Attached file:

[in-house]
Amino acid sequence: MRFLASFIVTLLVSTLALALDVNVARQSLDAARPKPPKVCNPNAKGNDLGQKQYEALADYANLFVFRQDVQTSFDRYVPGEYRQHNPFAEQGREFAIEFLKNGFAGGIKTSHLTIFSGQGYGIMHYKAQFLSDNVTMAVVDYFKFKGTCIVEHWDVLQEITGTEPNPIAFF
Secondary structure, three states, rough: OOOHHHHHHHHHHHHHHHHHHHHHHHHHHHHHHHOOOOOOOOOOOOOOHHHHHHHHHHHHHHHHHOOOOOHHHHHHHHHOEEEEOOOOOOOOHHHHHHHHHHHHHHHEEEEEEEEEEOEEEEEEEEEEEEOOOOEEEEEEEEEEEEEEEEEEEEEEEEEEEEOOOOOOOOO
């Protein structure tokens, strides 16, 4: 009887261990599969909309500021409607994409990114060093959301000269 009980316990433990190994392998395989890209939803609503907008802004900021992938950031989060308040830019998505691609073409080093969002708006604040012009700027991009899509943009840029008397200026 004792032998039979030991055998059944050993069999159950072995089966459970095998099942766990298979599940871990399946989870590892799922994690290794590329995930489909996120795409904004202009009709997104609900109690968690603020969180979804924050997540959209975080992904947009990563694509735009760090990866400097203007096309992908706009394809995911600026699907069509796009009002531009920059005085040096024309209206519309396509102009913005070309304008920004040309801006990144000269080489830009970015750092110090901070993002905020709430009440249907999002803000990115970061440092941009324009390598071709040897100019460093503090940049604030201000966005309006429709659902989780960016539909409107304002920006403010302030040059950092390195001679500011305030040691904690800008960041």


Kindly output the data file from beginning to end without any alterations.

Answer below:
[in-house]
Amino acid sequence: MRFLASFIVTLLVSTLALALDVNVARQSLDAARPKPPKVCNPNAKGNDLGQKQYEALADYANLFVFRQDVQTSFDRYVPGEYRQHNPFAEQGREFAIEFLKNGFAGGIKTSHLTIFSGQGYGIMHYKAQFLSDNVTMAVVDYFKFKGTCIVEHWDVLQEITGTEPNPIAFF
Secondary structure, three states, rough: OOOHHHHHHHHHHHHHHHHHHHHHHHHHHHHHHHOOOOOOOOOOOOOOHHHHHHHHHHHHHHHHHOOOOOHHHHHHHHHOEEEEOOOOOOOOHHHHHHHHHHHHHHHEEEEEEEEEEOEEEEEEEEEEEEOOOOEEEEEEEEEEEEEEEEEEEEEEEEEEEEOOOOOOOOO
């Protein structure tokens, strides 16, 4: 009887261990599969909309500021409607994409990114060093959301000269 009980316990433990190994392998395989890209939803609503907008802004900021992938950031989060308040830019998505691609073409080093969002708006604040012009700027991009899509943009840029008397200026 004792032998039979030991055998059944050993069999159950072995089966459970095998099942766990298979599940871990399946989870590892799922994690290794590329995930489909996120795409904004202009009709997104609900109690968690603020969180979804924050997540959209975080992904947009990563694509735009760090990866400097203007096309992908706009394809995911600026699907069509796009009002531009920059005085040096024309209206519309396509102009913005070309304008920004040309801006990144000269080489830009970015750092110090901070993002905020709430009440249907999002803000990115970061440092941009324009390598071709040897100019460093503090940049604030201000966005309006429709659902989780960016539909409107304002920006403010302030040059950092390195001679500011305030040691904690800008960041």